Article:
Gadhafi Loyalists Resist Rebels In Tripoli

  • Libyan rebels remove the green flags from poles at the Abu Salim square in Tripoli on Aug. 26 after the opposition forces announced the transfer of their leadership to the capital.
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    Libyan rebels remove the green flags from poles at the Abu Salim square in Tripoli on Aug. 26 after the opposition forces announced the transfer of their leadership to the capital.
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  • After an intense battle in the Abu Salim district of Tripoli, a man removes a mannequin from a clothes shop.
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    After an intense battle in the Abu Salim district of Tripoli, a man removes a mannequin from a clothes shop.
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  • Libyan rebel fighters protect a pro-Gadhafi fighter from angry onlookers as he is brought in for medical attention to the Tripoli Central Hospital following heavy fighting Aug. 25.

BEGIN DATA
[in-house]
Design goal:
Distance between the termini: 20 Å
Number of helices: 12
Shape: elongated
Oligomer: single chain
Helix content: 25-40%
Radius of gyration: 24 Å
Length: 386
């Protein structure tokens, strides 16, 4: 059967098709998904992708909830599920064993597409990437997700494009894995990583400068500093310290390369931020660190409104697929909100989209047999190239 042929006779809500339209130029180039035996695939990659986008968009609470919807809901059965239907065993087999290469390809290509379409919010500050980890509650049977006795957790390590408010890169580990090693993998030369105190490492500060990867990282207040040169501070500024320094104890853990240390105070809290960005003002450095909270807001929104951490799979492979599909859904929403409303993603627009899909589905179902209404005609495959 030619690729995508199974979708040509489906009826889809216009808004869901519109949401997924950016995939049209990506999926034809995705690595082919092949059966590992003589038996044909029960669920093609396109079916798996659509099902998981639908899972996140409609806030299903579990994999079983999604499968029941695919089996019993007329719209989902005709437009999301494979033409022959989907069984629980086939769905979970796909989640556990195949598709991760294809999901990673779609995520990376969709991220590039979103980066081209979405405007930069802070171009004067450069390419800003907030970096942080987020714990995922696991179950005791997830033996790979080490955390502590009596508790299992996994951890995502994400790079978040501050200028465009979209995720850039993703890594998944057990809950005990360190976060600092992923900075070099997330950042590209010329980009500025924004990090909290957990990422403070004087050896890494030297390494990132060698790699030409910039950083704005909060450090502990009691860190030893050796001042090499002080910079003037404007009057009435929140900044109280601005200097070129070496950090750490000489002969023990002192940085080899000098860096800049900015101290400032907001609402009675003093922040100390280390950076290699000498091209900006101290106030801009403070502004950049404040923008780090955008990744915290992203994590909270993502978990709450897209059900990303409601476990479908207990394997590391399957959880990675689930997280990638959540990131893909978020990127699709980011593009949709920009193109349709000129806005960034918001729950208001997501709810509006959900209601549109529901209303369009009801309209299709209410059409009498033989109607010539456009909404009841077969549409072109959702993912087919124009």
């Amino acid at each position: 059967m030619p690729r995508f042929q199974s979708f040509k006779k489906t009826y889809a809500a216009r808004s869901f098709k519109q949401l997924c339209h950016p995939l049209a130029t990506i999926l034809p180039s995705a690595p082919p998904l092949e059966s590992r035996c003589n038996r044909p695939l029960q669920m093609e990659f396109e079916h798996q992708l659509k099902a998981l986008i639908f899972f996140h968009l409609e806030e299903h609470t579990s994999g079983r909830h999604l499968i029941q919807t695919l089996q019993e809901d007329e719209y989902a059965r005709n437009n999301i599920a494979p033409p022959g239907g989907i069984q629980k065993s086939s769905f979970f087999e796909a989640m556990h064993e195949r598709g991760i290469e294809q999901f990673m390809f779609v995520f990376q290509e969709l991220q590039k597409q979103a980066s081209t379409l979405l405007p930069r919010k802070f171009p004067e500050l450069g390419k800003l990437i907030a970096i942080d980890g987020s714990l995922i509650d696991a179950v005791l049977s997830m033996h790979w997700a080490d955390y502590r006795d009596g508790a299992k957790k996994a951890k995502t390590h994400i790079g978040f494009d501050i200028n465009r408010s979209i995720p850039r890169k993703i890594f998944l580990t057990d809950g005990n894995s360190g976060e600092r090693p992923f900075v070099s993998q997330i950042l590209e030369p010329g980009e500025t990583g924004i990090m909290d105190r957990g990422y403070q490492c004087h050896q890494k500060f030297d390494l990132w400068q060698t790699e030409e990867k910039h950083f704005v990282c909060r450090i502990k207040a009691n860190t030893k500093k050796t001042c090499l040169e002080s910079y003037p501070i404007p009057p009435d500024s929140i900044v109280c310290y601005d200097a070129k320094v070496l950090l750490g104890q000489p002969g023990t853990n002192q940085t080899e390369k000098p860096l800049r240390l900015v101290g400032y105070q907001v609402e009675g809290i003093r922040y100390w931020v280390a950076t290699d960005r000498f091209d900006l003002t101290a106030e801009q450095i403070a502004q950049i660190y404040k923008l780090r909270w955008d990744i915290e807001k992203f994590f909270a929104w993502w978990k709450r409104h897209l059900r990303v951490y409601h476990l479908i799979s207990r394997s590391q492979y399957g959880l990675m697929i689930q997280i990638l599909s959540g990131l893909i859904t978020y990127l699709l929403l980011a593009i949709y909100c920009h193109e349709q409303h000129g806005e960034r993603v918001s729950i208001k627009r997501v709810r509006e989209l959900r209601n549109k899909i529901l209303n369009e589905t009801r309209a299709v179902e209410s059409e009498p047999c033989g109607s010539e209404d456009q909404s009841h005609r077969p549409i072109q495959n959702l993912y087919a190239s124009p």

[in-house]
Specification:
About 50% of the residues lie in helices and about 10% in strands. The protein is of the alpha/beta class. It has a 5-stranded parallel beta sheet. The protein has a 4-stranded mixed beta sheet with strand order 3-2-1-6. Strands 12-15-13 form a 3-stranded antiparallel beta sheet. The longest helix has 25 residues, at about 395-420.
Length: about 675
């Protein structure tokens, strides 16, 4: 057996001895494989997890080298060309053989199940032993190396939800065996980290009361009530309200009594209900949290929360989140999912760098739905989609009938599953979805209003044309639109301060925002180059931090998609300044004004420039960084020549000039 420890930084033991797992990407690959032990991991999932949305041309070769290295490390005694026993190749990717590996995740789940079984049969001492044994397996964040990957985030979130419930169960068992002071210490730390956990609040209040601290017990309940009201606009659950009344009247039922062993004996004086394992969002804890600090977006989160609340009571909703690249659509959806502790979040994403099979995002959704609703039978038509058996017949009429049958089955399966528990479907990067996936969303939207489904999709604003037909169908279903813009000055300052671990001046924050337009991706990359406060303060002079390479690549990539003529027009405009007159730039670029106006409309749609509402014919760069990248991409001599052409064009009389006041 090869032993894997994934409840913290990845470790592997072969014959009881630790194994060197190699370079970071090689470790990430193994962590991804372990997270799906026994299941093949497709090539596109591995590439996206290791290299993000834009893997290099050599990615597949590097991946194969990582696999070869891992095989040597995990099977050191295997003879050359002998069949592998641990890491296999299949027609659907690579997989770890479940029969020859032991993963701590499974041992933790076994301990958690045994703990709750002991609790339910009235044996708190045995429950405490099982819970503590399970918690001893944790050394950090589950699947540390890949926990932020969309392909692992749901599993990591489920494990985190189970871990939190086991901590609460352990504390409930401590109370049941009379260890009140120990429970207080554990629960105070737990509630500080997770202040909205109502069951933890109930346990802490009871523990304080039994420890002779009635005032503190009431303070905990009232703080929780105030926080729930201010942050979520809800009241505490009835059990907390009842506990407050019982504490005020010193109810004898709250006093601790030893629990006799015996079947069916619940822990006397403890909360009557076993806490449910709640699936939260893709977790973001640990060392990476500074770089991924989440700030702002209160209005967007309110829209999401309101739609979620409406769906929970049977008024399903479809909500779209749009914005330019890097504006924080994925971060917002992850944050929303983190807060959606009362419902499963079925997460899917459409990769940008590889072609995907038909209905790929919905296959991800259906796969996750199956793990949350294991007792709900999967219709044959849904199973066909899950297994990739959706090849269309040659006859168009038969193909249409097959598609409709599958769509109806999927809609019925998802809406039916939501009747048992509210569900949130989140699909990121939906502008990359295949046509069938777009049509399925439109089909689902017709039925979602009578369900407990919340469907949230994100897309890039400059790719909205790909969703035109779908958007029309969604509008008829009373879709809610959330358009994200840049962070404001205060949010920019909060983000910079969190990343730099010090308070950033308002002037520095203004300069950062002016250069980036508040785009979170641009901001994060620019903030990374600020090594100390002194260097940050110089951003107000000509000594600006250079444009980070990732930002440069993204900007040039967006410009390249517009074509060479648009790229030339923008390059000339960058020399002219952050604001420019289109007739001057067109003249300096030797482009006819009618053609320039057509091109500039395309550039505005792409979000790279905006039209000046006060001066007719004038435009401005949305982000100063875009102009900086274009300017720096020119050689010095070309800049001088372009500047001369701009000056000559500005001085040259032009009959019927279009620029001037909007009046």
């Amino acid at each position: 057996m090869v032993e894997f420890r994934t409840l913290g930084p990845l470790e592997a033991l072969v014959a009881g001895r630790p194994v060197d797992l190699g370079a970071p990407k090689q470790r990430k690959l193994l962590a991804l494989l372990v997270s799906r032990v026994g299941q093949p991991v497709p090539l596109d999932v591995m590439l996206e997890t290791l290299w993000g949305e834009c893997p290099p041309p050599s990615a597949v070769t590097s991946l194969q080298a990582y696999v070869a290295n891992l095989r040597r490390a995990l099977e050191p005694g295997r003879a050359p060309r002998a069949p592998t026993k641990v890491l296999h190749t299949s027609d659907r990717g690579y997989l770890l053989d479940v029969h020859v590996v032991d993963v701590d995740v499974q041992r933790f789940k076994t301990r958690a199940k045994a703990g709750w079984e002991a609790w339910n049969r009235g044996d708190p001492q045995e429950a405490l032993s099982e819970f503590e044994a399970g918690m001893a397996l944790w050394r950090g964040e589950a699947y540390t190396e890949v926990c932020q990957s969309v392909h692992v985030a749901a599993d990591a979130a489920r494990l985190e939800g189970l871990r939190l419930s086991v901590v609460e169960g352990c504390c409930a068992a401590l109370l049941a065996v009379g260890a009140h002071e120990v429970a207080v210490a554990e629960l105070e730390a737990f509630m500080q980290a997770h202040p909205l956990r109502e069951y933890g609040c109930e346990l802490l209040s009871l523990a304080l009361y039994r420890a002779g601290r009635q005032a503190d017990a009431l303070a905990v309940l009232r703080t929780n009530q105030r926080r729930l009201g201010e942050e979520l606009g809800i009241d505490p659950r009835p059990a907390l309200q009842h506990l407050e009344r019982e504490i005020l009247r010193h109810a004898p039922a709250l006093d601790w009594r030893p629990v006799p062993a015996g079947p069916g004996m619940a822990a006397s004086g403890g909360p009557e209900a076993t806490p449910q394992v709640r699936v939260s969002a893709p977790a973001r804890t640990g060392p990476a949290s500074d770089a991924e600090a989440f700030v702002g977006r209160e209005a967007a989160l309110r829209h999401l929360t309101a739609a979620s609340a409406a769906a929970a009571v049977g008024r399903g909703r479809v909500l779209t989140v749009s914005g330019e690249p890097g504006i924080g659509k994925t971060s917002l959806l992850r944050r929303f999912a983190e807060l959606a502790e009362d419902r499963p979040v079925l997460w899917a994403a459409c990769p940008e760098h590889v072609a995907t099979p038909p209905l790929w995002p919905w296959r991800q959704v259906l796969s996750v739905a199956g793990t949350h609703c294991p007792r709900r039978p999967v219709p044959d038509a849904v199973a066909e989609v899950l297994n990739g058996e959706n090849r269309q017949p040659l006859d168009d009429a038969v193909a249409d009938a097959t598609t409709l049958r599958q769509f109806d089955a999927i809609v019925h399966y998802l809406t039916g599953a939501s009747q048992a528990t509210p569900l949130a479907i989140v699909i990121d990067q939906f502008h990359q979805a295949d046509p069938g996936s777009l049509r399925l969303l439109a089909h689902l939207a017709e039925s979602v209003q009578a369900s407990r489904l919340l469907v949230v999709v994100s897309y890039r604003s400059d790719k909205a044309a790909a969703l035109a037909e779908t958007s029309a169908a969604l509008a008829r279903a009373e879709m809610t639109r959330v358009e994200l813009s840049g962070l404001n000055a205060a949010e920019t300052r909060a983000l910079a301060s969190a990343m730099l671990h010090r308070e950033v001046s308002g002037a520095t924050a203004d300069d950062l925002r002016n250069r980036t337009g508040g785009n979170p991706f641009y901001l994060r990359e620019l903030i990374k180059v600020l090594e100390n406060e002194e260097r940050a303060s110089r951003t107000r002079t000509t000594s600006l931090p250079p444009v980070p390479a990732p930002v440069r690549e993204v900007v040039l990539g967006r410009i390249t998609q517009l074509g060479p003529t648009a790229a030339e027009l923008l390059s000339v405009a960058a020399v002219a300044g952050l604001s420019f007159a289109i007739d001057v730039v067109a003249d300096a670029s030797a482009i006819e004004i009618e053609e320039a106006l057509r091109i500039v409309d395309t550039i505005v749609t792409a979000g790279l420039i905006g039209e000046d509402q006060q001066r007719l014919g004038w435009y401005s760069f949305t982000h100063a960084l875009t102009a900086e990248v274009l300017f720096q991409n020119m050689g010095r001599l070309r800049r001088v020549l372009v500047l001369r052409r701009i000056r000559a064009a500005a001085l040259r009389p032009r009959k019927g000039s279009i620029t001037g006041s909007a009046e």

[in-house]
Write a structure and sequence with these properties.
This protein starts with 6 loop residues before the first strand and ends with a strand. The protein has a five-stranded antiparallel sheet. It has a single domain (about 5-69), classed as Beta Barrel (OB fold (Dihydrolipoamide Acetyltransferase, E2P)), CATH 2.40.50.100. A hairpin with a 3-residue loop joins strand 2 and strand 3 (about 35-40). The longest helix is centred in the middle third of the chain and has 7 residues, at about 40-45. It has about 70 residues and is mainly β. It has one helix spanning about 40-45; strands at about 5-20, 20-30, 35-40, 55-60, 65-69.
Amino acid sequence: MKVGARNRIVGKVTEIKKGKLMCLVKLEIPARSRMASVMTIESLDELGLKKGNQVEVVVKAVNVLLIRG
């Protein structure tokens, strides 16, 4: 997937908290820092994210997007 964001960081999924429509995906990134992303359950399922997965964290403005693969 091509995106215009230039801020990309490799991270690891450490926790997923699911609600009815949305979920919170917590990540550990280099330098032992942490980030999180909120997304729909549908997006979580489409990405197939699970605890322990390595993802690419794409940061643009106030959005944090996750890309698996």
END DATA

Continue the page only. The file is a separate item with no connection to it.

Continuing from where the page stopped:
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    Libyan rebel fighters protect a pro-Gadhafi fighter from angry onlookers as he is brought in for medical attention to the Tripoli Central Hospital following heavy fighting Aug. 25.
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  • Rebel fighters advance toward the frontline in the Abu Salim district.
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    Rebel fighters advance toward the frontline in the Abu Salim district.
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  • A Libyan rebel fighter receives medical attention after being brought in with a gunshot wound to his head at the Tripoli Central Hospital.
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    A Libyan rebel fighter receives medical attention after being brought in with a gunshot wound to his head at the Tripoli Central Hospital.
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  • A rebel soldier reacts after a fellow fighter was brought in with a wound sustained in battle with fighters loyal to longtime leader Moammar Gadhafi at Tripoli Central Hospital.
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    A rebel soldier reacts after a fellow fighter was brought in with a wound sustained in battle with fighters loyal to longtime leader Moammar Gadhafi at Tripoli Central Hospital.